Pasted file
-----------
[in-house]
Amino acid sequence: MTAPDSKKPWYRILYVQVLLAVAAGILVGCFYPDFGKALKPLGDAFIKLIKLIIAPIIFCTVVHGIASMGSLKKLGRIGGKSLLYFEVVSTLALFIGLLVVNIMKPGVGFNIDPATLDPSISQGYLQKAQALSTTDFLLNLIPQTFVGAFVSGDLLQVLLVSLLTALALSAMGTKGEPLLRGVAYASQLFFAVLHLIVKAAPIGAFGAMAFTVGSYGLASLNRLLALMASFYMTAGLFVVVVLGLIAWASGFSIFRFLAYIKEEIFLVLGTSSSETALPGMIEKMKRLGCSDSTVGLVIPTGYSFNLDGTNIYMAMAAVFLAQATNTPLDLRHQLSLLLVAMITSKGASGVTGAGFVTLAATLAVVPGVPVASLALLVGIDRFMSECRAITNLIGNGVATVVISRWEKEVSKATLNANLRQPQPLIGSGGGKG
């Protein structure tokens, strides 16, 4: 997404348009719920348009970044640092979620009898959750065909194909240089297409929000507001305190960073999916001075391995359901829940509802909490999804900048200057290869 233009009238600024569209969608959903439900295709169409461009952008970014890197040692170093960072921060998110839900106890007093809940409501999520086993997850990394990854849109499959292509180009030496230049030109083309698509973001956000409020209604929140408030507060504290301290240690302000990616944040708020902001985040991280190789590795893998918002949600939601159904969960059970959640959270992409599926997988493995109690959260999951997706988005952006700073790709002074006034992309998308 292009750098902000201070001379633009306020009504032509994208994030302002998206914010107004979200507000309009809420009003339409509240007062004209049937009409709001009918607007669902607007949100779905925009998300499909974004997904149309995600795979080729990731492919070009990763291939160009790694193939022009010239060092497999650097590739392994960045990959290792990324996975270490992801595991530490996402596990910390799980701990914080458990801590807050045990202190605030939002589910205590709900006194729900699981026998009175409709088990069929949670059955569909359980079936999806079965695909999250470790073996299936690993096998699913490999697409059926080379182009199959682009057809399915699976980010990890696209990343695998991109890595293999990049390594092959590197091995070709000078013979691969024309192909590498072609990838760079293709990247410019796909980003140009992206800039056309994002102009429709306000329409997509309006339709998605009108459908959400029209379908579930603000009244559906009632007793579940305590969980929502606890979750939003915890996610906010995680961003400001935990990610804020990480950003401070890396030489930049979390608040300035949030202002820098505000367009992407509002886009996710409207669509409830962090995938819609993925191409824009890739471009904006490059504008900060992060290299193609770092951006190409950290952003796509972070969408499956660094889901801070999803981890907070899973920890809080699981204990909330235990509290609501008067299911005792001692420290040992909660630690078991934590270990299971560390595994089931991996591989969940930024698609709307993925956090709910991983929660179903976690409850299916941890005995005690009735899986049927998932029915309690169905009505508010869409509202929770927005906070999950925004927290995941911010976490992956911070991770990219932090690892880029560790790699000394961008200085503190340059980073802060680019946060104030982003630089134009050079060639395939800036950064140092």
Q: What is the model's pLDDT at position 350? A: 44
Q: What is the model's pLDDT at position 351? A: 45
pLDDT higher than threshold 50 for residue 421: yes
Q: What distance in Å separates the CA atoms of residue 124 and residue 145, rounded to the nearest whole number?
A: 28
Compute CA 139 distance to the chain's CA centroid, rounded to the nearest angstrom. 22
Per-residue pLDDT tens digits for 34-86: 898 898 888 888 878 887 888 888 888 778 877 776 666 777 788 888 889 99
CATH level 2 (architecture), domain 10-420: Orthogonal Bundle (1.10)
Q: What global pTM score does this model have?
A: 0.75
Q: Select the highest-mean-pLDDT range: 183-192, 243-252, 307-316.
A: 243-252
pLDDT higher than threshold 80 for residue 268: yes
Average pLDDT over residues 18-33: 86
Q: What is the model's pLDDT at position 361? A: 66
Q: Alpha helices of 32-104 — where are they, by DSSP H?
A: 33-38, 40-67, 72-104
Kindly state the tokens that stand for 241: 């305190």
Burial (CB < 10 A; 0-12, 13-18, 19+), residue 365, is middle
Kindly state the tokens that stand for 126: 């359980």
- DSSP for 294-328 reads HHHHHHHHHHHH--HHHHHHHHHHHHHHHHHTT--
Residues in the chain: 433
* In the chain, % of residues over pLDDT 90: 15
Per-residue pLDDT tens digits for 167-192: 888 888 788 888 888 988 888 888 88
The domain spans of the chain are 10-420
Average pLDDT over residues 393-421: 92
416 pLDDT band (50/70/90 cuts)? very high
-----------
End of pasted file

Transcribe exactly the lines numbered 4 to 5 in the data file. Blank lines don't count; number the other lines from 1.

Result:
Q: What is the model's pLDDT at position 350? A: 44
Q: What is the model's pLDDT at position 351? A: 45